You said you live in a small town with limited access. Are there any universities within driving distance? Many universities have counseling centers, and it may be possible to find a graduate student who can help for less cost. Also speak with parish priests, and see if any of them have experience with counseling people in situations such as yours. Remember, though, that not all priests are counselors. So while they might be able to help with spiritual matters, not all will have the experience helping you make sense of your past. If both of those options do not work, see if you can find therapists who can do sessions on the phone or through Skype.

It may be hard to see how how much abuse and depression are impacting your current worldview, and it might be tempting to right off finding a new counselor, but I guarantee that they are. You are not something worthless that should have been aborted. You do have purpose and meaning. Finding the right therapist can be gold when it comes to realizing this and learning how to take control back over your life.

Hi Charlie,

I am so very sorry for all of the hurt, pain, and suffering you have been through. :frowning:

I understand how traumatizing this can be, as I have been through a similar situation myself, with my own parents while growing up.

In my own situation though, both of my parents were physically and emotionally abusive for many years. When the physical abuse stopped, the emotional abuse continued, even into my adulthood. It was very traumatizing for me.

I did go through counseling.

I hope that you will reconsider counseling again.

As for having children, that would be something that perhaps you could even decide on again, with a future spouse.

Prayers said for you.

May God bless you.

Marrying and having children is you only chance to do it better.
You experienced the worst, you know what NOT to do.
Take this chance to be better than him.
If you don’t, he wins.

Being aware, knowing yourself, and getting counseling help. God will help. You wife will help.
Most therapists will work through Skype or FaceTime. You can live anywhere.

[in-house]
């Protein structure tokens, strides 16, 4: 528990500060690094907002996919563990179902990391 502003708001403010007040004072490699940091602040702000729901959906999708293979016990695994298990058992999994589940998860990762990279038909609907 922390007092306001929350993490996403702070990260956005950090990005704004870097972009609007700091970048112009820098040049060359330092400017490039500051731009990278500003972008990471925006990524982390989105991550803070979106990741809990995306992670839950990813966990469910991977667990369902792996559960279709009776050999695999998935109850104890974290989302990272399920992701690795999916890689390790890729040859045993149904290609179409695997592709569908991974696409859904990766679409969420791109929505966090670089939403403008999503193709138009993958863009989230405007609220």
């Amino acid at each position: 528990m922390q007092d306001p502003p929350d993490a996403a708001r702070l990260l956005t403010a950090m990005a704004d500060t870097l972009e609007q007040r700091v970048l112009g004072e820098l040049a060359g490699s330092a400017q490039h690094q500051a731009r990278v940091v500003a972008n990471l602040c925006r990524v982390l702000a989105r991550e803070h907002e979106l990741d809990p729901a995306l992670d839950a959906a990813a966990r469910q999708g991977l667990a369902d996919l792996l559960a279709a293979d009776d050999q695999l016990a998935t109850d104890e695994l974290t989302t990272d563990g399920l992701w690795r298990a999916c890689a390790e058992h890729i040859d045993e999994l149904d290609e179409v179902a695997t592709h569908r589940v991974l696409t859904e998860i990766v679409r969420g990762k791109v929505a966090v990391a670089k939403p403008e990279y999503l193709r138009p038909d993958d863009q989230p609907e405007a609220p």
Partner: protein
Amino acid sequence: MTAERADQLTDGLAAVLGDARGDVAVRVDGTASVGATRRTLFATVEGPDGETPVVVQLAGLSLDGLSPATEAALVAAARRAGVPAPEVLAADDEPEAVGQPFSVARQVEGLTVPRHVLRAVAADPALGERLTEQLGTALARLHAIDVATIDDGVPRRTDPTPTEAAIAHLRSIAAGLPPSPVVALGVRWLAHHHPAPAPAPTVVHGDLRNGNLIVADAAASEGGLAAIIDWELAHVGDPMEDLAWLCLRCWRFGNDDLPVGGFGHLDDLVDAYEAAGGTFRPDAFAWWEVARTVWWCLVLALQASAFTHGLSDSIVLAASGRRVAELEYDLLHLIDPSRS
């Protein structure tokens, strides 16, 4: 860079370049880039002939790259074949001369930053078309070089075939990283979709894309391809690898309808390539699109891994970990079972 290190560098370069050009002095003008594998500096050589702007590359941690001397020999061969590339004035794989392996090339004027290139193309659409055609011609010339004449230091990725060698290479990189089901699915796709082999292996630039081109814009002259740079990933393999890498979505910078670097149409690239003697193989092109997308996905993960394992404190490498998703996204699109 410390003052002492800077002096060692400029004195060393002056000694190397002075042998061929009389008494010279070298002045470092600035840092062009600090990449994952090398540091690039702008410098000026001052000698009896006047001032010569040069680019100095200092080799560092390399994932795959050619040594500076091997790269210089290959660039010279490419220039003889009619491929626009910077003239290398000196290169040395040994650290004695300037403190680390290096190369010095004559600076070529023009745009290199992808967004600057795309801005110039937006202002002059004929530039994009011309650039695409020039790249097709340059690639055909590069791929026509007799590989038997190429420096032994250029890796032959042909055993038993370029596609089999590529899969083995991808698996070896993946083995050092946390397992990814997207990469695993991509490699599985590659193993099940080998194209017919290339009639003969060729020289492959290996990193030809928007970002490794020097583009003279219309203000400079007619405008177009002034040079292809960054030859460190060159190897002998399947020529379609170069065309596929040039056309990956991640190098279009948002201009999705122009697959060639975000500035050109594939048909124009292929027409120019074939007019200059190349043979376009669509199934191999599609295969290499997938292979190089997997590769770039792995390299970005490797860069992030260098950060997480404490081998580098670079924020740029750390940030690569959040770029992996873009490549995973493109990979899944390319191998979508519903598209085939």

Marriage and raising children is one of life’s most astonishingly wonderful experiences. Not easy, not always pleasant, sometimes even heartbreaking. But amazing.

Don’t let your father define the beautiful person you were born to be.

Who is to say I know what NOT to do? The thing is, many people point at me and say I was a SUCCESS story. I don’t want to go into specifics, but plenty of people were proud of me at an earlier stage of my life, and I have job that at least impresses some people.

People have told me “your dad would be so proud of you…” and it just makes me sick to my stomach. I’ve made the mistake of telling that to others, and they say “If your father heard you talk that way about him he’d kick your…”

The irony seems to be lost on them.

The thing is, I hate to say it, and I don’t mean to put anyone down, but once someone becomes a parent I usually don’t trust them anymore. If your Facebook wall is anything like mine…you’ll find quite a number of posts of people praising the fact that they were beaten as children. “My father whooped me and it taught me respect.”

It seems like, for many, once you have kids, you forget what it was like to have been one. “You’ll understand when you’re older,” my dad would often tell me.

I don’t understand, and, to be honest, I don’t want to. Maybe with prayer I’ll see it differently, but I don’t know.

In case anyone may be curious upon reading this, I’m 33 years old.

I am very sorry for the grief that you lived through because of your father. Anyone would be greatly affected by being in that situation. I am commenting because of you deciding to leave the Church because you can’t get married and raise a family like the Church asks of you.

I think instead of looking some years ahead on this, just take it one day at a time. Have you gone to confession and confessed your anger, resentment and unforgiveness? God poured out his son’s blood on the cross to open heaven for us, and to pour out mercy while we are still here. Give God a chance to heal your heart and open it more to be able to love. Healing your heart does not mean forgetting it happened, we just can’t do that. God can make it so that our past does not have the same power over us. There’s a freedom that comes with God’s grace, a lifting of a heavy burden that was never ours to carry in the first place. “Set the captives free” scripture says. Stay in the Church. Reach for God. He’ll be there. He wants you to be the very best version of yourself. There’s something better waiting for you!

I grew up with an alcoholic mother who had other addictions as well. I came into the Church in my 20’s, and really had no clue what normal was for families. I was fortunate enough to spend time with some home schooling families who were raising families and living their faith. How they interacted with their spouse and children, I just soaked it in. I don’t think you are ready for that yet but one day you will and it will be an eye opening experience. Hope that day comes for you soon. One day at a time.

Another question. Where can one find these wonderful Catholic women who would be eager to help a spouse (or prospective spouse) “work through” his childhood baggage?

Especially if that “baggage” consists of a reluctance to even consider children?

Most more devout women I know see having children as the whole point of marriage, and expect for any prospective suitor to have his ‘stuff’ together as far as that is concerned before even beginning a relationship.